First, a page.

PGA Great, Billy Casper, Will Be Missed
It has been a difficult month for losing professional golfers who accompanied me through my early years. Last week, we lost Charlie Sifford, who broke the color barriers of the PGA Tour, and this week, William Earl Casper, better known as Billy, left us.
How many fans under the age of forty or fifty remember Billy Casper? If you claim to know the real history of the game, it’s a no-no if you don’t. That he was the 7th winningest golfer on the tour’s history is almost irrelevant to the bigger picture. His two U.S. Opens and one Masters victory doesn’t even begin to tell the story.
Part of the problem could be found in our adoration of “The Big Three” during the era of the 50s and 60s. We hailed the triumvirate that included a muscle-bound farm boy from Pennsylvania, a shot-making genius from Ohio, and a competitive, innovative star from South Africa. That covered up a lot of other people playing great golf. Billy Casper just didn’t catch on in the same way. He was not particularly charismatic, and he had weight issues, which were overlooked for Nicklaus.
Billy Casper was among the most consistent golfers who ever played the game. Colleague Dave Marr once said that he “gave you the terrible feeling he was never going to make a mistake,” a feeling that could be disheartening in either stroke or match play. A winner on the tour fifty-one times, in addition to his majors, Casper also played on several Ryder Cup teams, and captained one.
One of the aspects of golf that truly bookmarked Casper’s career, was putting. By many, he was considered the first great golfer to study putting like an avid scientist, and despite being “a much beloved and underrated player,” according to one writer, opponents such as Ben Hogan were known for not enjoying his presence all because of that one club. He could putt the lights out of a course more often than not, in an instant recognition of all the necessary reads. According to Johnny Miller, Casper possessed “the greatest pair of hands God ever gave a human being.” One pro described Casper’s putter as “a stake through the heart.” Added to that was what Nick Faldo called “his legendary draw,” with which he could land a ball far right on the green, and spin it immediately sideways toward the hole.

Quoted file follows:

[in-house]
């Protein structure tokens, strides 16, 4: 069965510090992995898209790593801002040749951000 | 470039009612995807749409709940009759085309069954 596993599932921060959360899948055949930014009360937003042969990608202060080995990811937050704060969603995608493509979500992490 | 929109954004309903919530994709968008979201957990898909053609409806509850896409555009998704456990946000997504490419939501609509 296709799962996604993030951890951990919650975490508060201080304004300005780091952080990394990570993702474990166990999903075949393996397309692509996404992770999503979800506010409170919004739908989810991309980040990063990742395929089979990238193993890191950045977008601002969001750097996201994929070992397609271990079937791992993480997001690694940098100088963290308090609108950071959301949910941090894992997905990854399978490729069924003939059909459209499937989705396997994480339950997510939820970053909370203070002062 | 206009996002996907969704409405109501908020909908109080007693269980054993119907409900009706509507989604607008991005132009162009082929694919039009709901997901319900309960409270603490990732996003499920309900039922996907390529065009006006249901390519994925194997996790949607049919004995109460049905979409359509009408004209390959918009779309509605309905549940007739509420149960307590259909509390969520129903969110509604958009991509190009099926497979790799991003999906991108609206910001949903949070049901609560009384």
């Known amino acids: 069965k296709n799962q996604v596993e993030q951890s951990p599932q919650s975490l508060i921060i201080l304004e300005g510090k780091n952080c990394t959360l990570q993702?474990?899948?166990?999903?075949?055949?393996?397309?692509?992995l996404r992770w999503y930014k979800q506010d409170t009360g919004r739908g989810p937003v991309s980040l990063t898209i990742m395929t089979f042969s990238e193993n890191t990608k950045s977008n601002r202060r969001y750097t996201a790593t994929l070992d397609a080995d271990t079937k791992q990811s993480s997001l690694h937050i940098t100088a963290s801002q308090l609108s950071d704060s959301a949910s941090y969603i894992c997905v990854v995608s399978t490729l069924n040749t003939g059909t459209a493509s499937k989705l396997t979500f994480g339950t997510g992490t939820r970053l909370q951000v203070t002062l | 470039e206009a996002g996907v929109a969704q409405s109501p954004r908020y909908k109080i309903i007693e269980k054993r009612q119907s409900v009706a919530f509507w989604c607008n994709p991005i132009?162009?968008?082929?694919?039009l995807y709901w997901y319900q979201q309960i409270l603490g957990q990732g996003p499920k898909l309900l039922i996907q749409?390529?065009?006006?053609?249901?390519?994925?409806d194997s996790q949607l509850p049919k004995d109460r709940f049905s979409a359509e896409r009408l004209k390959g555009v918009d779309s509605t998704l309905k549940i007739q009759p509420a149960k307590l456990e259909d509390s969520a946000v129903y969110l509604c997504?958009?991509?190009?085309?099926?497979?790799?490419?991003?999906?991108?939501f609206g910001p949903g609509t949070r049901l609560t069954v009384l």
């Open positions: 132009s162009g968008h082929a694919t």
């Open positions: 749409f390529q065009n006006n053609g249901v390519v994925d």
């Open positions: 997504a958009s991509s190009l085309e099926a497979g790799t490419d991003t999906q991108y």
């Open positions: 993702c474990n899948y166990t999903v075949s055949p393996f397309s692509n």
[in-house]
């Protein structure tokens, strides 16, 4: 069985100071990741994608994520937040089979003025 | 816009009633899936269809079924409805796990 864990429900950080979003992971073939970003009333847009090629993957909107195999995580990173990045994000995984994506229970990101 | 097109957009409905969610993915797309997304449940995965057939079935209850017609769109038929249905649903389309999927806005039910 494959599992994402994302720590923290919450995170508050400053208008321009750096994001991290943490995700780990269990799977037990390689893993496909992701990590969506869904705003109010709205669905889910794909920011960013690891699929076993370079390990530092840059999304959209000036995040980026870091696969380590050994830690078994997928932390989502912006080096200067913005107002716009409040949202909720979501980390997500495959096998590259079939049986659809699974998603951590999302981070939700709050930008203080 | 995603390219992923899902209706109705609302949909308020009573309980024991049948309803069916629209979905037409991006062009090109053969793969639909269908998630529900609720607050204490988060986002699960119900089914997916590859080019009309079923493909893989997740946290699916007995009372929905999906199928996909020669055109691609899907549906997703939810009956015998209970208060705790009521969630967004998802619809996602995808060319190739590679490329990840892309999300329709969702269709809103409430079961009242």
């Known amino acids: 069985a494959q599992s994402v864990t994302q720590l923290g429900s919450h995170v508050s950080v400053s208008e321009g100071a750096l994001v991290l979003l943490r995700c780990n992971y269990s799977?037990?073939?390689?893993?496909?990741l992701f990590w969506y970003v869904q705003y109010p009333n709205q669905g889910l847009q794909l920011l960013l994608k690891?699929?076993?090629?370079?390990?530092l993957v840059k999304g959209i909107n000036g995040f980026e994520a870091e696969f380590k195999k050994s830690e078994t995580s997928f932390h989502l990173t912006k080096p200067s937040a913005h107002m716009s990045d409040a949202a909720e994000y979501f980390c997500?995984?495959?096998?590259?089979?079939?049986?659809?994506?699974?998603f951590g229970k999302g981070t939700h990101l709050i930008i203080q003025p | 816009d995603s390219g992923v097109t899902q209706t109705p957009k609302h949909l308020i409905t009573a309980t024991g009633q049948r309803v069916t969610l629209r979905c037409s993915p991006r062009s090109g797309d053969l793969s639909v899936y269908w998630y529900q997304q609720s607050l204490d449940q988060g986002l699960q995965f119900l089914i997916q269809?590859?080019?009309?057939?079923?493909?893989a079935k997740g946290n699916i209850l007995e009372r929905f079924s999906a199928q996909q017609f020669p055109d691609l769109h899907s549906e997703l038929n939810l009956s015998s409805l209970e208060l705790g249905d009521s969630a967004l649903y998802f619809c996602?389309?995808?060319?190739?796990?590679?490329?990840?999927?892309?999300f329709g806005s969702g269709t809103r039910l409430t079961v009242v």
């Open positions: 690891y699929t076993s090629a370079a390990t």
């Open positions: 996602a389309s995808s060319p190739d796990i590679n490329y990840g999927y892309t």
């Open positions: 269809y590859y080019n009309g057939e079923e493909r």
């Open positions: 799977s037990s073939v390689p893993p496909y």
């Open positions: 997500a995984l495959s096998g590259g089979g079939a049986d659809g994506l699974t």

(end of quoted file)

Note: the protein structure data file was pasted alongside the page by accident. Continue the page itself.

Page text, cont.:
All that, however, is just his golf game. Casper was one of the most admired men on tour, dubbed by some as “The Dalai Lama of Golf.” In terms of personal style, he might as well have been called “The Leo Buscaglia of Golf” as well. He was an approachable man who wouldn’t deny anyone a hug. Writer Jim Huber, who followed Casper for years, remarked that “no man I’ve ever known with his kind of credentials has ever been more eager to hug and be hugged.” Casper would spend as much time speaking with fans and signing autographs as they wished, and through the hours, it was rare for anyone to leave the line. The person standing in front of him was always the most important person on earth, and according to an article in Deseret News, Caspeer “gave and gave, until it ran out.”
The man who could put twenty seven-irons within ten yards of the hole in practice, then make almost all of the putts must have driven them crazy in his days on tour. Be that as it may, though, competitors remember him fondly, and speak of Casper as one of the great family men they have known, with a warmth and generosity that extended to the fans – and when asked how he would like to be remembered, his answer wasn’t just a golf answer. “I want to be remembered for how much I loved my fellow man.” It doesn’t get much better than that…and great putting, too.